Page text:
Microsoft is still trying desperately to get you to use Bing

(Image credit: Shutterstock / Monticello)

If you haven’t used Bing lately, an upcoming update to Microsoft Edge will bring the software giant’s search engine front and center in a brand new Sidebar menu.

According to Windows Latest, Edge’s new Sidebar menu has begun rolling out to users in the browser’s Canary channel and in addition to Bing, it also allows you to use a calculator, read emails in Outlook, check out MSN browser games and more without leaving the current page you’re on.

While you can send emails, use a calculator, convert a variety of units and even test your internet speed in Edge’s Sidebar menu, it’s worth noting that you can not play games in it as they will open in a new tab. This is also the case with Microsoft Office apps like Word, Excel and PowerPoint.

Vivaldi users will be instantly familiar with Edge’s new Sidebar menu as it functions in a similar way to the browser’s web panel. Both are quite useful when you need to do a quick task but don’t want to open a new tab or a separate window.

New Sidebar menu

Besides all of the other new features in Edge’s Sidebar menu, Microsoft has also added another option that allows you to add your favorite sites so that you can perform contextual actions without interrupting your workflow.

As the Sidebar is not yet generally available, many sites aren’t optimized to work in its smaller screen space. This will likely change though once more Edge users begin using this feature.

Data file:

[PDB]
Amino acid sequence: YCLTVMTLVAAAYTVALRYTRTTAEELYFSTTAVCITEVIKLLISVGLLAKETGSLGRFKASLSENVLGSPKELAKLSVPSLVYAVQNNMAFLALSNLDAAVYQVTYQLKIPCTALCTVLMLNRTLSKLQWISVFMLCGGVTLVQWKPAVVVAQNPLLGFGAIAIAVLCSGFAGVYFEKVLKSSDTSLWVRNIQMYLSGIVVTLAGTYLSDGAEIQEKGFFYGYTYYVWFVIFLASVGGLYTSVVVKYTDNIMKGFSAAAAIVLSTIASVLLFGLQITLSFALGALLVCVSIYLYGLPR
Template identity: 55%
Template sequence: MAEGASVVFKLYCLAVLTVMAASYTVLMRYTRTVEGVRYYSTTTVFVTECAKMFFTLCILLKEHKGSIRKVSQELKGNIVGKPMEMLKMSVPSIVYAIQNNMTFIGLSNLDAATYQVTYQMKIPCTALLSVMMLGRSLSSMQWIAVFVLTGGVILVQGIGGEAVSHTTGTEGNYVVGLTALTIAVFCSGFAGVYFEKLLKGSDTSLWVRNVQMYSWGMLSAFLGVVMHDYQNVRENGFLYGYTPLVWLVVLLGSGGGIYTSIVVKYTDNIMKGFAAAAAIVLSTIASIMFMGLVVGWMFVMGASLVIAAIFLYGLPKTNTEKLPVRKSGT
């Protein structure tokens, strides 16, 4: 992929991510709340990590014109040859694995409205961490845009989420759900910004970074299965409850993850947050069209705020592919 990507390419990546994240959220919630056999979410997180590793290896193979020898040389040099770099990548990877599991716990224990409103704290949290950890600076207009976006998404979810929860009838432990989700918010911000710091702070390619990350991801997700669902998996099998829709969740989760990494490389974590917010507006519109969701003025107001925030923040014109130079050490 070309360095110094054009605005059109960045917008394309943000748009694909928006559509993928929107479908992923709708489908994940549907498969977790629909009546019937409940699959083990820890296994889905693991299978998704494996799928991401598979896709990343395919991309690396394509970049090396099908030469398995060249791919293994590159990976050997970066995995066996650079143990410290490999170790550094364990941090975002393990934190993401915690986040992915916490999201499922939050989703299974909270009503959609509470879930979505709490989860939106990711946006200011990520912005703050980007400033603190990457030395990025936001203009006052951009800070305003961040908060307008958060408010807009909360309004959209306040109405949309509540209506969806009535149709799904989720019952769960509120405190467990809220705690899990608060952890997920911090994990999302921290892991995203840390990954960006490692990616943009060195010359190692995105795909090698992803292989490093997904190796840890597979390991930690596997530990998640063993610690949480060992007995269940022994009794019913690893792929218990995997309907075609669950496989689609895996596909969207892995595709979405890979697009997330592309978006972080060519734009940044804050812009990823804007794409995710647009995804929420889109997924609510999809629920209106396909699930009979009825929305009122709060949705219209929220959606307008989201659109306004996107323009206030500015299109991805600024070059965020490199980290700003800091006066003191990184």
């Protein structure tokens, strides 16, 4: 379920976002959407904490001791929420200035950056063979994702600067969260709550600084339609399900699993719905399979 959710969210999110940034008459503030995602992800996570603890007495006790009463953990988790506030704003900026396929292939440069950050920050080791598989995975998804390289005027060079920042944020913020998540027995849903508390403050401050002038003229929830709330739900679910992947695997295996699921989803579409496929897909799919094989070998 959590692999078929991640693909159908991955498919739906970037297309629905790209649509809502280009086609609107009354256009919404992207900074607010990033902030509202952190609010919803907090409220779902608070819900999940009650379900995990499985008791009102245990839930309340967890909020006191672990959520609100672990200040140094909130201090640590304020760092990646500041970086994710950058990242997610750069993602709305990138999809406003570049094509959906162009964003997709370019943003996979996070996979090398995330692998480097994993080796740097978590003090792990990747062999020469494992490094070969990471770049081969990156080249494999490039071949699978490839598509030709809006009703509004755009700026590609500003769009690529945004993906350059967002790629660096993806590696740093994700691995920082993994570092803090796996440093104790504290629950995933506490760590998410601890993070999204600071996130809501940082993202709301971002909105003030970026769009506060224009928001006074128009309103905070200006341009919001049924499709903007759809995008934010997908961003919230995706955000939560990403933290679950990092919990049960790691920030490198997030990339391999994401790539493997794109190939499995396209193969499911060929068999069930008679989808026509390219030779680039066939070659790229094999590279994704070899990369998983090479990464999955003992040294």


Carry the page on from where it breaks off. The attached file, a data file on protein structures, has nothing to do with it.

For those that aren’t interested in using Edge’s Sidebar, you can disable it by using the keyboard shortcut Ctrl+Shift+/. Likewise, you can use this same keyboard shortcut to enable the Sidebar.

If you want to try out Edge’s Sidebar for yourself, you’ll need to be running Edge Canary and from here, you can find a new ‘Sidebar’ option in the browser’s menu that allows you to launch it.

Via Window's Latest

Anthony Spadafora

After working with the TechRadar Pro team for the last several years, Anthony is now the security and networking editor at Tom’s Guide where he covers everything from data breaches and ransomware gangs to the best way to cover your whole home or business with Wi-Fi. When not writing, you can find him tinkering with PCs and game consoles, managing cables and upgrading his smart home.